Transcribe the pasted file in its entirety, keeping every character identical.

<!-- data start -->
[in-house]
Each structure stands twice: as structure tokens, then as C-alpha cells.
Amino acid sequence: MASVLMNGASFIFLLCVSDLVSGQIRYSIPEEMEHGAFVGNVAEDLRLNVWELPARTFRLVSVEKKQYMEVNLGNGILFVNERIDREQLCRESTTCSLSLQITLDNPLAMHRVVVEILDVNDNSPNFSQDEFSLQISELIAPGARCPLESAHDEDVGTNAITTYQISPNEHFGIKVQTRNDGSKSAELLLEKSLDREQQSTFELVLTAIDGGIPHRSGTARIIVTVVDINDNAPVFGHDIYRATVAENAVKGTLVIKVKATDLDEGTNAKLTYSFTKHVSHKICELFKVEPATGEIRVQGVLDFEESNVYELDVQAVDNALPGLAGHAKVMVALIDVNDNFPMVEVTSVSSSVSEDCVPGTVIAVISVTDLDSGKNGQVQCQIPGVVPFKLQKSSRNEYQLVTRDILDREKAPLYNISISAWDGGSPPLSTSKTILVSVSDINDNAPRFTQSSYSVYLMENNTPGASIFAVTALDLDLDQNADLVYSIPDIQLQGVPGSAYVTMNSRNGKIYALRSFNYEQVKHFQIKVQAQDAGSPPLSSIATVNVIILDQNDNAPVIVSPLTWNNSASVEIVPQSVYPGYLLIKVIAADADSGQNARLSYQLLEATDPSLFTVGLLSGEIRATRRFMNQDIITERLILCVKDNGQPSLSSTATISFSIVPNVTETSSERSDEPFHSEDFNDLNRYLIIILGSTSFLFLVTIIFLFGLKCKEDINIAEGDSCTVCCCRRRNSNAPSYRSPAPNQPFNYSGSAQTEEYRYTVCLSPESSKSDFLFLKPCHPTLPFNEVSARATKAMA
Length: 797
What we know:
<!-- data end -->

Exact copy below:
[in-house]
Each structure stands twice: as structure tokens, then as C-alpha cells.
Amino acid sequence: MASVLMNGASFIFLLCVSDLVSGQIRYSIPEEMEHGAFVGNVAEDLRLNVWELPARTFRLVSVEKKQYMEVNLGNGILFVNERIDREQLCRESTTCSLSLQITLDNPLAMHRVVVEILDVNDNSPNFSQDEFSLQISELIAPGARCPLESAHDEDVGTNAITTYQISPNEHFGIKVQTRNDGSKSAELLLEKSLDREQQSTFELVLTAIDGGIPHRSGTARIIVTVVDINDNAPVFGHDIYRATVAENAVKGTLVIKVKATDLDEGTNAKLTYSFTKHVSHKICELFKVEPATGEIRVQGVLDFEESNVYELDVQAVDNALPGLAGHAKVMVALIDVNDNFPMVEVTSVSSSVSEDCVPGTVIAVISVTDLDSGKNGQVQCQIPGVVPFKLQKSSRNEYQLVTRDILDREKAPLYNISISAWDGGSPPLSTSKTILVSVSDINDNAPRFTQSSYSVYLMENNTPGASIFAVTALDLDLDQNADLVYSIPDIQLQGVPGSAYVTMNSRNGKIYALRSFNYEQVKHFQIKVQAQDAGSPPLSSIATVNVIILDQNDNAPVIVSPLTWNNSASVEIVPQSVYPGYLLIKVIAADADSGQNARLSYQLLEATDPSLFTVGLLSGEIRATRRFMNQDIITERLILCVKDNGQPSLSSTATISFSIVPNVTETSSERSDEPFHSEDFNDLNRYLIIILGSTSFLFLVTIIFLFGLKCKEDINIAEGDSCTVCCCRRRNSNAPSYRSPAPNQPFNYSGSAQTEEYRYTVCLSPESSKSDFLFLKPCHPTLPFNEVSARATKAMA
Length: 797
What we know: